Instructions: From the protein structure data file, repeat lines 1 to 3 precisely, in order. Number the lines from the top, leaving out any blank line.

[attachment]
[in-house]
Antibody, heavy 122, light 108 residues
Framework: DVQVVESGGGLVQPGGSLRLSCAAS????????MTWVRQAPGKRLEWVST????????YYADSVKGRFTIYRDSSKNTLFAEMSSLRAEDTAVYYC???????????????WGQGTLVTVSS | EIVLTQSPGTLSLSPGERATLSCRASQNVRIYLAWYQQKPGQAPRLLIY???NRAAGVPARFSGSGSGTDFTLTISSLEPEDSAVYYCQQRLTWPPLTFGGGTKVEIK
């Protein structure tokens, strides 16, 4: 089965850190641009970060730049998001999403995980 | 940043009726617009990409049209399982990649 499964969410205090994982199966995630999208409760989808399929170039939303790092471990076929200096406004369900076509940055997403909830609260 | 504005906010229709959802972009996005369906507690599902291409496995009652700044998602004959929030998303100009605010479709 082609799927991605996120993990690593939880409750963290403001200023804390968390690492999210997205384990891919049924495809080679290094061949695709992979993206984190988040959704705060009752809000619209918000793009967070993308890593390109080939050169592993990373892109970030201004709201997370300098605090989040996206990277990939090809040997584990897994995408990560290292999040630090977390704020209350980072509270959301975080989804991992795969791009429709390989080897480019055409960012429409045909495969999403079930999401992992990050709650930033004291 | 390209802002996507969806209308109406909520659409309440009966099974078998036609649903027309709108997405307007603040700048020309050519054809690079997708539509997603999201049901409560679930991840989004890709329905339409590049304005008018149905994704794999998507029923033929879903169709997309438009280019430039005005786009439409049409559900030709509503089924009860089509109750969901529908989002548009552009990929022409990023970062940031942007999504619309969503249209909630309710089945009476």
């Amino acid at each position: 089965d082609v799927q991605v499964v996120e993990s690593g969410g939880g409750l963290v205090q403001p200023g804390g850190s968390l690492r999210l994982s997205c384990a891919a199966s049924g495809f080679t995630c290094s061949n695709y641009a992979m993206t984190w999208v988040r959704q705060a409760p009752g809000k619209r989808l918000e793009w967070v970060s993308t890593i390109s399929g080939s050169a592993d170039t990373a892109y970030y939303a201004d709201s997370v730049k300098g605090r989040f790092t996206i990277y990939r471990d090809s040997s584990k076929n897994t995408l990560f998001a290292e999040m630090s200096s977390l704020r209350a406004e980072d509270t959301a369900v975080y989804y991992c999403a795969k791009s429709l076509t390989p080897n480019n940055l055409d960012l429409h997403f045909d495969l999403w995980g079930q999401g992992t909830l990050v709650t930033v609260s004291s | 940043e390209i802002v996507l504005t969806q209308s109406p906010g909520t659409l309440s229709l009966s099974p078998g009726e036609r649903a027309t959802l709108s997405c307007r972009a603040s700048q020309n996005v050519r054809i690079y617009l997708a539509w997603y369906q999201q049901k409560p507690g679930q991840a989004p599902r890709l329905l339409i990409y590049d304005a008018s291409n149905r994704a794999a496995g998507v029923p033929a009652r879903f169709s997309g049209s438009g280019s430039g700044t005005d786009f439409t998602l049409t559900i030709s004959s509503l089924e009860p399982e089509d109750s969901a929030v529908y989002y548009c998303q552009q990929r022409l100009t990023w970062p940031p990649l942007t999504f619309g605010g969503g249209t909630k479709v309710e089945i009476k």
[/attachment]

[in-house]
Antibody, heavy 122, light 108 residues
Framework: DVQVVESGGGLVQPGGSLRLSCAAS????????MTWVRQAPGKRLEWVST????????YYADSVKGRFTIYRDSSKNTLFAEMSSLRAEDTAVYYC???????????????WGQGTLVTVSS | EIVLTQSPGTLSLSPGERATLSCRASQNVRIYLAWYQQKPGQAPRLLIY???NRAAGVPARFSGSGSGTDFTLTISSLEPEDSAVYYCQQRLTWPPLTFGGGTKVEIK